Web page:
Hepsiburada – is Turkey’s “Amazon” a turnaround play?

Hepsiburada – is Turkey’s “Amazon” a turnaround play?
1 December 2023

Image by Timon Schneider / Alamy Stock Photo

At first sight, it looks like an incredible bargain.

Hepsiburada has 12m active customers in Turkey, a country with hugely attractive growth prospects for e-commerce.

The company's market cap is just USD 430m. Yes, you read that right.

When Hepsiburada went public in 2021, it raised USD 800m of additional equity from investors. At its peak, the company was valued at nearly USD 5bn.

Given how bombed-out the stock is today and Turkey's undoubted potential for e-commerce, could it be an interesting turnaround play with an upside of several times its current price?

Hepsiburada

Hepsiburada.

A Turkish online bazaar

Hepsiburada is derived from the Turkish "hepsi burada", which means "everything is here".

The company is, in essence, a Turkish version of Amazon.

It was founded by Hanzade Doğan Boyner, the daughter of Turkish media billionaire Aydin Doğan. as "Infoshop" in 2000. Initially, the company only sold computers through the Internet but subsequently began to sell everything from cosmetics and home decor to garden appliances and pet toys. By 2020, the company generated USD 733m in revenue from 9m active customers.

The family then used buoyant equity markets to take Hepsiburada public – unusually, in New York. Hepsiburada, or D-Market Elektronik Hizmetler ve Ticaret A.S. as the company is officially called, became the first Turkish company with a primary listing in the US.

The IPO benefited from the fact that the business had quickly grown 50% during the pandemic lockdowns, as Turkey's population turned to online shopping.

Hanzade Doğan Boyner became a billionaire, and the IPO made news worldwide.

The e-commerce bubble burst

Not only had the pandemic lockdowns stirred up interest in e-commerce plays, but Hepsiburada did seem to have genuinely exciting growth prospects.

At the time, online shopping accounted for only 10% of the Turkish retail industry, compared with more than 20% in much of Europe.

Also, with 84m people (more than Germany) and an average age of just 32 years, Turkey has some exciting demographics.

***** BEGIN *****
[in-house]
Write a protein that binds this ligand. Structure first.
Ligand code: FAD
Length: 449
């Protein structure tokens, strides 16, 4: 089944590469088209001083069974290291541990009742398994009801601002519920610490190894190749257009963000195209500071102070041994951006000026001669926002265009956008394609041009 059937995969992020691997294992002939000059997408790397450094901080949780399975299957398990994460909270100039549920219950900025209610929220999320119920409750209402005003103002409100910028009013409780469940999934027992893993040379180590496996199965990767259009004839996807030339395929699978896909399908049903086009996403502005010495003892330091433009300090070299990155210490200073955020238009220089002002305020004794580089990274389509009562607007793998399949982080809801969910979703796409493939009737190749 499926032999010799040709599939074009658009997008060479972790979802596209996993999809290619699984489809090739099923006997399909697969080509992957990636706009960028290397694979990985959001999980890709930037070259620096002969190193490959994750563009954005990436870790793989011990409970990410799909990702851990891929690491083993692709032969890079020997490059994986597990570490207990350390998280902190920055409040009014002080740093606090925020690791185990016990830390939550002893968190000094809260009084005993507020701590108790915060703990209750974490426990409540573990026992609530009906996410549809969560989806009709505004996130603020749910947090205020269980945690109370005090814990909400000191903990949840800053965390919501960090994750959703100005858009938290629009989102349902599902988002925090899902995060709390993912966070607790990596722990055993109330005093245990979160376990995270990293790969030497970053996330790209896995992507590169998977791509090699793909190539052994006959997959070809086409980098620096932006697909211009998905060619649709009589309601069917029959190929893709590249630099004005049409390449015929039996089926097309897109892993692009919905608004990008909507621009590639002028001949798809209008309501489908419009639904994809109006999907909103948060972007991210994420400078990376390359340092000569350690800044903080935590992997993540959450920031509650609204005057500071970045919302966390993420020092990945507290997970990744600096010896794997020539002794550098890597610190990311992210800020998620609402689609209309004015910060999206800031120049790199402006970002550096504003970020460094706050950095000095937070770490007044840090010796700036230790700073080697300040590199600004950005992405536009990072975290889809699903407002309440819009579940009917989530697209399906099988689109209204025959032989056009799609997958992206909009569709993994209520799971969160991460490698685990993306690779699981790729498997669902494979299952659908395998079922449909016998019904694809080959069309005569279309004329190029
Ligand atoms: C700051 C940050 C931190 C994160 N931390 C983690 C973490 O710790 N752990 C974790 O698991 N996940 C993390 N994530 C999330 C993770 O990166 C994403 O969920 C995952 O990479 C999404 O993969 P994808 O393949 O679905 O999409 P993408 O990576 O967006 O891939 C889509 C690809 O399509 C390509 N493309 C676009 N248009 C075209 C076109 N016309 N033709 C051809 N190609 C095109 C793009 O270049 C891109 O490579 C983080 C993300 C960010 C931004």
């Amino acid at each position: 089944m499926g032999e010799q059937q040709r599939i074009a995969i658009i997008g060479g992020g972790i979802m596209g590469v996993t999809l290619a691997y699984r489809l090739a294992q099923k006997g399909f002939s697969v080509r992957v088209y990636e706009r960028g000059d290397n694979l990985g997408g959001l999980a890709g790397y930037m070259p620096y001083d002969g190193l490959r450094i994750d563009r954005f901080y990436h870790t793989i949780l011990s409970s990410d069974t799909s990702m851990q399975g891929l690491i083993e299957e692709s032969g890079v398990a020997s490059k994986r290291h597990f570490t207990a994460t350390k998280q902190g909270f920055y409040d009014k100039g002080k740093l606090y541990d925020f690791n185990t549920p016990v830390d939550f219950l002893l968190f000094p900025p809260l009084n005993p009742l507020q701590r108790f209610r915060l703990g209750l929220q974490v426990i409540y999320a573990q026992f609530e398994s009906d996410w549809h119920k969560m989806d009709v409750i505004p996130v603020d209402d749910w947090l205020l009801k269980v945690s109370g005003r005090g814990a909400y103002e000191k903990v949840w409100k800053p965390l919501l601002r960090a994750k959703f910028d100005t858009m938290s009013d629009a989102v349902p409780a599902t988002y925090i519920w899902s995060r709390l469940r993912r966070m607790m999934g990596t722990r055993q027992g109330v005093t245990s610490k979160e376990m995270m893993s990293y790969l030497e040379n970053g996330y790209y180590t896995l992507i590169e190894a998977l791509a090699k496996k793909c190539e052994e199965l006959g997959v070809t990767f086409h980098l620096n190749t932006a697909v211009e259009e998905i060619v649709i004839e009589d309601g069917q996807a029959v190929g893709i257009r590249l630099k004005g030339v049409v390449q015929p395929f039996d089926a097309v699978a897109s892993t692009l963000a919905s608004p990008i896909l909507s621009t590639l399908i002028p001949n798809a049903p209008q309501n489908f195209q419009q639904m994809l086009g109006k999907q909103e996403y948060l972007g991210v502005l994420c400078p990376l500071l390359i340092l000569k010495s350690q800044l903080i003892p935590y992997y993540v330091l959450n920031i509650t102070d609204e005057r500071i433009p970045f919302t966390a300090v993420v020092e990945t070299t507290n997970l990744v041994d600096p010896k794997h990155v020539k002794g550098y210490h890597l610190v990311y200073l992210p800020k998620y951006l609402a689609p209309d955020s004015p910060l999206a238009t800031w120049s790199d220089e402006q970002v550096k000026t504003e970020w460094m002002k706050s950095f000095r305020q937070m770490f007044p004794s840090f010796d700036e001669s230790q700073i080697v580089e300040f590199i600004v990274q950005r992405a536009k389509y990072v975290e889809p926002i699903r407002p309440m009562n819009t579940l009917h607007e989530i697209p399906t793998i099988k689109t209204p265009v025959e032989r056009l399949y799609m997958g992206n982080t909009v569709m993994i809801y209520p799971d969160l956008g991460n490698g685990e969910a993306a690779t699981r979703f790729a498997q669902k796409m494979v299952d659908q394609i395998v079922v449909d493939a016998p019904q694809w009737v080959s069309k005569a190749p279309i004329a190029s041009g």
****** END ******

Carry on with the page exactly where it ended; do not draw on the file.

Hepsiburada built the infrastructure to serve this growing market. The company owns eight distribution centres, and it has built ancillary offerings such as Hepsipay, a payment solution that also allows to offer financing, and Hepsijet, a next-day delivery network.

Despite all that, the stock is currently lingering at just 10% of its former high. Other e-commerce stocks had also suffered when the lockdown boom subsided; Undervalued-Shares.com readers will be familiar with the cases of Allegro (ISIN LU2237380790, WSE:ALE) in Poland and MercadoLibre (ISIN US58733R1023, Nasdaq:MELI) in South America. However, some of these stocks have started to recover, while Hepsiburada hasn't.

Hepsiburada is one of the very few Turkish stocks that Western investors can easily buy and sell, which prompted me to learn more about the company. We didn't manage to see Hepsiburada during the Undervalues-Shares.com investor trip to Turkey in May 2023, but I have now finally taken a closer look.

Tempting metrics, but…

Hepsiburada's allure has always been to invest early on into "the Amazon of the East", as the company used to be called by media outlets.

Hepsiburada processed an impressive 80.4m orders in 2022, up 50% from 2021 despite the end of lockdowns. It increased the number of merchants on its website to 100,000, up 33% from the previous year. The company clearly operates in a rapidly growing market.